I joined Harrogate district of sanctuary in 2023. I have moved to Harrogate from a small market Town in Lincolnshire where I was a trustee for Louth Churches for Refugees. I believe we should welcome refugees and asylum seekers into our communities and help them become part of the community. My working life was in industry, not an area where I picked up many skills for working with refugees but on retirement I volunteered at Citizens Advice learning to help people solve lots of issues, benefits, debt and housing issues mostly. As a trustee of LCfR I planned the sponsorship of two Syrian families who came to the town through the community sponsorship scheme. I went on to work with both of these families helping with housing, benefits , employment and general help with day to day correspondence with local and national authorities. Both families are doing well and enjoy living in their community. My role in HDoS is coordinator of volunteer befrienders. I enjoy meeting the people who are doing so much for our families in the Harrogate and Knaresborough area and look forward to helping as much as I can.
John Charles Harris
I was invited to take over the vacant chair role and I responded for a combination of reasons
I had visited Syria and been twice to Ukraine which it was clear was about to be invaded by Russia so knew two of the countries from which our refugees had fled
Further, I had chaired The Art House in Wakefield, we had supported Wakefield City of Sanctuary through our creative industry and arts studios ( I recently attended the award ceremony of TAH as the first Gallery of Sanctuary…….)
Way back I knew all about the work of my mother’s closest friend Ida Cook who organised the flight of over 30 Jewish people from Nazi Germany
Closer to home I chaired the Harrogate Homeless Project for eight years so knew something of the scourge of being homeless without the unspeakable heartbreak of having to seek safety in another unknown country.
I continue as a trustee wishing to support the wonderful team of volunteers who for years have befriended and supported families and individuals who have come to us for sanctuary from evil.
In late 2022, Tamanna Krami received an invitation to join the board of Trustees. As one of the Afghan resettlement families in Harrogate, she brings a unique perspective to the table. Mrs. Krami previously served as Arts Programme Manager for the British Council in Kabul, Afghanistan, for nine years. During her tenure, she was a strong advocate for arts and culture, believing that they enrich people’s lives and that cultural heritage is of great value.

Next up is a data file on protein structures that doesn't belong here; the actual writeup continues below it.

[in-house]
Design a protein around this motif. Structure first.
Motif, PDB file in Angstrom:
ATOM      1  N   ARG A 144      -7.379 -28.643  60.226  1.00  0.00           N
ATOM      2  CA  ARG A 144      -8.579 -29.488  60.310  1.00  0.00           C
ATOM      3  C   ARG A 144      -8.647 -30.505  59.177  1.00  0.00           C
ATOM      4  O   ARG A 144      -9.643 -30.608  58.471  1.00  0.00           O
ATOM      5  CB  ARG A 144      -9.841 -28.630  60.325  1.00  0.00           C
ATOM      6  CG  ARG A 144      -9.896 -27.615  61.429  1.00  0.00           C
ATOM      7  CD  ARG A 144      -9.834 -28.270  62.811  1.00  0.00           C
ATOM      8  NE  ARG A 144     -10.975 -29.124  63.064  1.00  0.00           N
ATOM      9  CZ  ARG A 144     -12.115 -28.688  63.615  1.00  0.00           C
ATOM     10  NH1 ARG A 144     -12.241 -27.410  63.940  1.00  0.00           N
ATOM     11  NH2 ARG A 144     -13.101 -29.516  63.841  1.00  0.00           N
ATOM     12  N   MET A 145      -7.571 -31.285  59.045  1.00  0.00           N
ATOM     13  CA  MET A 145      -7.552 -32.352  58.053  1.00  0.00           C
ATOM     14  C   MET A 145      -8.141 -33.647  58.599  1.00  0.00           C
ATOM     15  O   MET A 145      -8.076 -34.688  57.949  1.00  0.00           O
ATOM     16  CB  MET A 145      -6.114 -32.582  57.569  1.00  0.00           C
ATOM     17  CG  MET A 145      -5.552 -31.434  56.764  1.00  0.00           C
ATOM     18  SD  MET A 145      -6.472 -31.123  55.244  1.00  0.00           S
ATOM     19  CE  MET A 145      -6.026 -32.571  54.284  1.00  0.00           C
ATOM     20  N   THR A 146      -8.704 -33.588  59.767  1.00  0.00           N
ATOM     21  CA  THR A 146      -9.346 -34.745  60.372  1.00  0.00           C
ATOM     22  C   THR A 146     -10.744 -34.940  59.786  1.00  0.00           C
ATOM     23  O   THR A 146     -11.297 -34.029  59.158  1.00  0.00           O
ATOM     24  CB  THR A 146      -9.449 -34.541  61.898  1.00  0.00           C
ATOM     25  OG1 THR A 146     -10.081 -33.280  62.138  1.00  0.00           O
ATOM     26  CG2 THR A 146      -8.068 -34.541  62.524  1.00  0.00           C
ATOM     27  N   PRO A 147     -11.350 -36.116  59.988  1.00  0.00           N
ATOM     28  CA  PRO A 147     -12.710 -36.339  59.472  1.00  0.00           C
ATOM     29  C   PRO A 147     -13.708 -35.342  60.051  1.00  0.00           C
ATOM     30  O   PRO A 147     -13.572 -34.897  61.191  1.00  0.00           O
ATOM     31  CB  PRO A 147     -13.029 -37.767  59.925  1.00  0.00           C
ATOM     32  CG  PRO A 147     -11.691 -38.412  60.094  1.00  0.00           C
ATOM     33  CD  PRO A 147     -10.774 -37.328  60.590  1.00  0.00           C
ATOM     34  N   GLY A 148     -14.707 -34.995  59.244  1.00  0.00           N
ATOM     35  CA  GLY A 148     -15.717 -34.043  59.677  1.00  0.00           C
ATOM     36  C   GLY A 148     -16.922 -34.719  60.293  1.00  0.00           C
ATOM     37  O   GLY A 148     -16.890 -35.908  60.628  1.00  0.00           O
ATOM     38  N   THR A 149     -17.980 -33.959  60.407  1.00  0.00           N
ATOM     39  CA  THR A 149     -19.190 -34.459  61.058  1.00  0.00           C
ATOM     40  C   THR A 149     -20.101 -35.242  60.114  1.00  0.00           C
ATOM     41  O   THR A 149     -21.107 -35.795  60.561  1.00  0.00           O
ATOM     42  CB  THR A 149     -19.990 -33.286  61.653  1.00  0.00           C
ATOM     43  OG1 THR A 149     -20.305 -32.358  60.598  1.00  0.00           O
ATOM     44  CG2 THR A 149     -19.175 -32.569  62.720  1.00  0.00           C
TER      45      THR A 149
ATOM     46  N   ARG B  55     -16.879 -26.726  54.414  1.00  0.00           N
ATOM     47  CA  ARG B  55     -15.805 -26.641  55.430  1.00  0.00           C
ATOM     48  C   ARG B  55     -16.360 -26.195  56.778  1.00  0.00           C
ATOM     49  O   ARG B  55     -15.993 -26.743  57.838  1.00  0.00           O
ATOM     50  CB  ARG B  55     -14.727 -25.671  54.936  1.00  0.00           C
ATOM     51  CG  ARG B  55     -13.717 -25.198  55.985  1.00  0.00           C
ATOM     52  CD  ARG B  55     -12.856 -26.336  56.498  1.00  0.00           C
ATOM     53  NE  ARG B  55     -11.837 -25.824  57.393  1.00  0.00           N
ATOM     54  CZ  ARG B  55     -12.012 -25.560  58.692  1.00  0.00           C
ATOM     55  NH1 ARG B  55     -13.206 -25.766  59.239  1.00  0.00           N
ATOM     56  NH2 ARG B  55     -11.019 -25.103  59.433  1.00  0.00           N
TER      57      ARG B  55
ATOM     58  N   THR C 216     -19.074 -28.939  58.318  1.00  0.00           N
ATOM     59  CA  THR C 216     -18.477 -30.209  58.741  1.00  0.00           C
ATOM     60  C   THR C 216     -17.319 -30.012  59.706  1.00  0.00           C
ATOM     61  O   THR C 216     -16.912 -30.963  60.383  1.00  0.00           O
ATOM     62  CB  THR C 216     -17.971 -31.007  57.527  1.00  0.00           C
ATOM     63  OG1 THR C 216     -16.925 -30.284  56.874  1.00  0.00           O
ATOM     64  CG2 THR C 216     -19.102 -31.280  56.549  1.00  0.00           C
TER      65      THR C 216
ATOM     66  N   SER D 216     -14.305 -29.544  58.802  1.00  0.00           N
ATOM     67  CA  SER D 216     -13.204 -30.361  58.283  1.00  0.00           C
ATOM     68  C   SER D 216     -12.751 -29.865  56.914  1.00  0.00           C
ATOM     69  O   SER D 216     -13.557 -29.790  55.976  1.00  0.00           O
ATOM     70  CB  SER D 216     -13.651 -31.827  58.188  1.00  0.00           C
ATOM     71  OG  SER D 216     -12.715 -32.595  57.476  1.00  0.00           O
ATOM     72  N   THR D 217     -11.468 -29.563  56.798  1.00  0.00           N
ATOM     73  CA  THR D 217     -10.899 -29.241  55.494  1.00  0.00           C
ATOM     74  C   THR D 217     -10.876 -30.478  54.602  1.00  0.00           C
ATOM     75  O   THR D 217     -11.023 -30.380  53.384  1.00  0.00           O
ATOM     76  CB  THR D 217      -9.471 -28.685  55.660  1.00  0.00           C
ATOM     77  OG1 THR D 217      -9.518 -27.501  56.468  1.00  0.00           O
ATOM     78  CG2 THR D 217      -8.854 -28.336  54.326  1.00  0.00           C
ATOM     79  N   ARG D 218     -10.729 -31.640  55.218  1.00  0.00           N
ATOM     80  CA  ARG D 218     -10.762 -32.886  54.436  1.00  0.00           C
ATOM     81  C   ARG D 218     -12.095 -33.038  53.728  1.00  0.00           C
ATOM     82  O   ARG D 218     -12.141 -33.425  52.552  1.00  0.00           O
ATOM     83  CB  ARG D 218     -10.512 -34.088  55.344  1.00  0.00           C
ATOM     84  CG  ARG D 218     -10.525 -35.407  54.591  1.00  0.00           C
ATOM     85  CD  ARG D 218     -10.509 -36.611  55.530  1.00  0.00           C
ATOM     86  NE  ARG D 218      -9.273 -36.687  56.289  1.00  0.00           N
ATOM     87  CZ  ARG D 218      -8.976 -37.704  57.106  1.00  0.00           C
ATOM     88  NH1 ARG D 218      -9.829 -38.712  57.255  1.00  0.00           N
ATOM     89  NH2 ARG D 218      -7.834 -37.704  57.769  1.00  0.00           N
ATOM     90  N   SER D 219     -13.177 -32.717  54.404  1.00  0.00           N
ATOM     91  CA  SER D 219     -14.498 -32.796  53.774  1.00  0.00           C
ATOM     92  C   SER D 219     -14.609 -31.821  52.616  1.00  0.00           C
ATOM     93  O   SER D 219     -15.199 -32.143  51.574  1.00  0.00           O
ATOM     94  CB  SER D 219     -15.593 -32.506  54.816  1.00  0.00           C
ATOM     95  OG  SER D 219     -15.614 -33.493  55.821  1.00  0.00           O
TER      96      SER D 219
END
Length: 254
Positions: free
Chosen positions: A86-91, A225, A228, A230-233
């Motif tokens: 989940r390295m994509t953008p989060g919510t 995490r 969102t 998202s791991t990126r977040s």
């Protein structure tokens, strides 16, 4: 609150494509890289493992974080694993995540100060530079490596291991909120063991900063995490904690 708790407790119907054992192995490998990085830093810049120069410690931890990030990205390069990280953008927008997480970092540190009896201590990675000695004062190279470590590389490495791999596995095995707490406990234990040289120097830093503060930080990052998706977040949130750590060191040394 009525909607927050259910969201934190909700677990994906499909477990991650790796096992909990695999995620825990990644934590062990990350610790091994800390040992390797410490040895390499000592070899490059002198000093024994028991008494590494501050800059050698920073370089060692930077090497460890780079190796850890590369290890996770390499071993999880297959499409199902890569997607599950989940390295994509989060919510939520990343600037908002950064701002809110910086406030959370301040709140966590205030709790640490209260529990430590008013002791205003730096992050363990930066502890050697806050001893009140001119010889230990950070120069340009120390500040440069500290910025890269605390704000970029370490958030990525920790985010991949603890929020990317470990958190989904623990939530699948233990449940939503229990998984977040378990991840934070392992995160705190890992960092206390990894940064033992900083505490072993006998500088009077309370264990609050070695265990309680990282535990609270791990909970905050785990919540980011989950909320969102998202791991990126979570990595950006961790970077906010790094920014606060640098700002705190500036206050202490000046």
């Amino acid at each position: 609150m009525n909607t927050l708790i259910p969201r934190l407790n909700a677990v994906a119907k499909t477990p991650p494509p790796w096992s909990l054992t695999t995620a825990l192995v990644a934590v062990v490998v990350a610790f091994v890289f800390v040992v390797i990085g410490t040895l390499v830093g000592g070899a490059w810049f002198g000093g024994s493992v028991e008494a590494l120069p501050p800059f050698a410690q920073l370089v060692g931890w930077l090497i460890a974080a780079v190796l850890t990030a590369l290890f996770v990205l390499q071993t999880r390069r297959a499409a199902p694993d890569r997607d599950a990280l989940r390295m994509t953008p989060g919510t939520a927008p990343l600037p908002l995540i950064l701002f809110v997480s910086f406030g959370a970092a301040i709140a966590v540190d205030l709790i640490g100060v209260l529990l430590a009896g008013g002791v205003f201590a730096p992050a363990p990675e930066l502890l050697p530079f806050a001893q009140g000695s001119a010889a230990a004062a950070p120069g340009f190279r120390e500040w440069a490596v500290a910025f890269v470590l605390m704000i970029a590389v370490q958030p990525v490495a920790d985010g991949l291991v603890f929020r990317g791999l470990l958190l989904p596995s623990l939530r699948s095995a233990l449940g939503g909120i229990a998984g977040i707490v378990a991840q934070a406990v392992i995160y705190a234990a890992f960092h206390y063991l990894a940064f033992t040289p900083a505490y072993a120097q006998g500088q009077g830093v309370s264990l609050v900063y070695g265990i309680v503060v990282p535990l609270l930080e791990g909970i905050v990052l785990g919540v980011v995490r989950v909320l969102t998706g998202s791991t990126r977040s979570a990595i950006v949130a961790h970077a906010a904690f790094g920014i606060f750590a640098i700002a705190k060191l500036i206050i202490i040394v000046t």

Tamanna’s family, like many other Afghan families, relocated to Islamabad, Pakistan, during the civil war. She spent most of her formative years in Islamabad and has a passion for helping and supporting individuals who have gone through the immigration experience, as she has done herself. She is now representing Afghan families settled in Harrogate and Knaresborough, and seeks to improve their lives by lending her voice to their cause.
Throughout her professional career, she has endeavoured to change perceptions of Afghan people by creating international platforms to showcase their works and products. With her extensive experience and unique perspective, she serves as the voice of Afghan resettled families living and settling in Harrogate and Knaresborough. Tamanna has made notable achievements in her professional career, including inviting the Globe Shakespeare’s Theatre to perform one of Shakespeare’s most popular tragedies, Hamlet, for a local audience at the UK embassy in Kabul. Additionally, she curated an event titled “Untold Stories of Afghan Women” as part of the York Festival of Ideas, showcasing the original and unexpected stories of Afghan women writers.
These accomplishments demonstrate Tamanna’s skill in organizing cultural events and her dedication to promoting the arts. The event at the UK embassy in Kabul brought together diverse audiences and showcased the power of theatre to connect people across cultures. Similarly, “Untold Stories of Afghan Women” provided a platform for the voices of Afghan women writers to be heard and celebrated.
Tamanna’s achievements highlight her ability to create engaging cultural events that bring people together and promote understanding and appreciation of diverse perspectives.